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  5. "Kalian menulis menu."

"Kalian menulis menu."

Translation:You write the menu.

September 2, 2018

25 Comments


https://www.duolingo.com/profile/HollyBarro4

Why not just kamu??


https://www.duolingo.com/profile/Omar8450

Kalian = Plural.

Kamu = Singular.


https://www.duolingo.com/profile/chengkoon

Isn't 'kalian' a plural form of 'you'?


https://www.duolingo.com/profile/lockers001

Yes ... English is unusual as most languages have a singular and a plural form for 'you'.


https://www.duolingo.com/profile/Shellfishgene

Well, there is y'all ;)


https://www.duolingo.com/profile/EsperantoKajelo

Fun story. "You" used to be plural only, but it was considered more formal than the singular "thou", so it took over. Ironically, now "thou" sounds more formal because basically the only places we hear it anymore are formal - the Bible and Shakespeare.


https://www.duolingo.com/profile/1CN5ijzC

You in English can be singular and plural


https://www.duolingo.com/profile/Nilla-Wafers

Would you pronounce it as "men-yoo" or "men-oo"?


https://www.duolingo.com/profile/LillyRicha1

Sounds like meh-nu


https://www.duolingo.com/profile/kue_serabi

"men-oo", you do not pronounce the "y"


https://www.duolingo.com/profile/SuzyYu1

But Kalian menulis surat = you write a letter


https://www.duolingo.com/profile/PERCE_NEIGE

Yes.

Georges, kamu menulis surat (one person).
Georges dan Joe, kalian menulis surat (several people)


https://www.duolingo.com/profile/Mohammed74488

What is the difference between La and Dia? Kalian and Kemu? Saya and Aku?

They are very confusing.


https://www.duolingo.com/profile/PeterAusti2

In some parts, class, education, station, ia / dia could be he she, although most default to ia for both, kalian and kamu are the same, except for "the" instead of "implied the" or "ini". Saya and Aku, again, parts of country, class, education and station. I've never heard anyone say Saya in the East, except in a formal letter


https://www.duolingo.com/profile/rizqianelo

Ia (not la, but ia) is more informal than Dia..while Aku is more informal than saya..


https://www.duolingo.com/profile/Ben400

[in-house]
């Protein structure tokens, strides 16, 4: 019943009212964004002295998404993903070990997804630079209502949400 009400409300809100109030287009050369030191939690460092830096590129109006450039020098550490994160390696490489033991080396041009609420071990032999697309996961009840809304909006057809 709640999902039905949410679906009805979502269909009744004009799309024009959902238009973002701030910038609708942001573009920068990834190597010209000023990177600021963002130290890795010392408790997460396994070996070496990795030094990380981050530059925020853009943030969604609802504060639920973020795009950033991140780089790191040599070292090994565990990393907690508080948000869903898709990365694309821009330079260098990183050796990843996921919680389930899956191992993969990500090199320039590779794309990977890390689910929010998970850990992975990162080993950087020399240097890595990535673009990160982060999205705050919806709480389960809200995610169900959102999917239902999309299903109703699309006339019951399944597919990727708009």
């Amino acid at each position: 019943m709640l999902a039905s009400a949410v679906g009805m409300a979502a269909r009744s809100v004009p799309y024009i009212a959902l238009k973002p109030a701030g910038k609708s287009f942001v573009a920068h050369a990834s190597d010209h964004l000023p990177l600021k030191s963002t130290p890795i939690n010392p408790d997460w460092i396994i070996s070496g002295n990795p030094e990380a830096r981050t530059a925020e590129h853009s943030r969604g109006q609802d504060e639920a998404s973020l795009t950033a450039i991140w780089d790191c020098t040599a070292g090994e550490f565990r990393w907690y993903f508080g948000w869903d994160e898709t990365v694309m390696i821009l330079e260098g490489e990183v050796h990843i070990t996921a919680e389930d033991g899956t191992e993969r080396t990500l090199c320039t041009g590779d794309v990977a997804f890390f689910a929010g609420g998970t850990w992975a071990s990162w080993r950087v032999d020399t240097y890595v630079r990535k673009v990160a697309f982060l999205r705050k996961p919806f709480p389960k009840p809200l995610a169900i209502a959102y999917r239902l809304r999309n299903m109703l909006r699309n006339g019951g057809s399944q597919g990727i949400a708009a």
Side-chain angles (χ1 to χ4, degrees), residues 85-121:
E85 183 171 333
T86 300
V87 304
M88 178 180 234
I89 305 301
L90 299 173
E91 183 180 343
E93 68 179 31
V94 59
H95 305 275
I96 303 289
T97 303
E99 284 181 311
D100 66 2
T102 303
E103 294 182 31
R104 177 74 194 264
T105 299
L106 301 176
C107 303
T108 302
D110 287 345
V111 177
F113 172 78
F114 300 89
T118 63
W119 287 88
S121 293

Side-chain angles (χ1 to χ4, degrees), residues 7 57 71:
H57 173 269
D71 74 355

Forget the sentence! Doesn't anyone hear that blow at the end?


https://www.duolingo.com/profile/Coffeex1

You write menu is not accepted as an answer, but "you write menus" is? Wouldn't it be "Kalian menulis menu-menu"?


https://www.duolingo.com/profile/PERCE_NEIGE

Because it's not grammatically correct in English. With singular, you have to use articles.

You write menus -> It works because it's a plural.
Singular:
You write a menu. You write the menu.

Your error is about the lack of article in English with singular.

You write menus, could use the non-ambiguous plural form:
Kalian/kamu menulis menu-menu.
Or the ambiguous form "Kalian/kamu menulis menu".

In Indonesian, if you have menu-menu, it's only a plural, but if you have "menu" alone, you don't know if it's a singular, or an implied plural.


https://www.duolingo.com/profile/SuzyYu1

Why is it "the" menu and not "a" menu?


https://www.duolingo.com/profile/Michelle181576

The main difference is "the" would refer to a specific item and "a" would be the item in general. It could be "a" menu, but in context, people don't generally write menus like they write letters and books, so it's more likely it's a specific menu being discussed. Anyway, that's my interpretation.


https://www.duolingo.com/profile/PERCE_NEIGE

I disagree. There's no reason you couldn't write a menu. It's grammatically correct, and possible.

If you have several menus to write, for instance one for children, and one with vegetarian dishes, you write one of them: you write a menu.

For their sentence, Kalian menulis menu, could be a menu, the menu, menus or the menus. As there's no article and no indications in Indonesian.


https://www.duolingo.com/profile/Michelle181576

I agree that it is possible to write a menu, certainly in the context you suggest. But with no other context provided, it makes more sense to me, as a native speaker, to say "the menu." This may be because English has the expression "What's on the menu?" with the context implied, not specified. I agree with your point that to know for sure what is being expressed by the Indonesian phrase, you would need to know the speaker's context.


https://www.duolingo.com/profile/PERCE_NEIGE

Yes Michelle, I do agree. One meaning is more obvious, and common than the other, not only in English. I don't think it's only because of the expression "qu'est-ce qui est au menu?". It's more common to write the menu, than several ones. But it forces us to think. If the sentence is grammatically okay, and a context is possible (even a rare one), this has to be considered as a valid alternative solution.


https://www.duolingo.com/profile/SuzyYu1

How do you know if it is "the" vs "a"?


https://www.duolingo.com/profile/PERCE_NEIGE

No context, so you don't.

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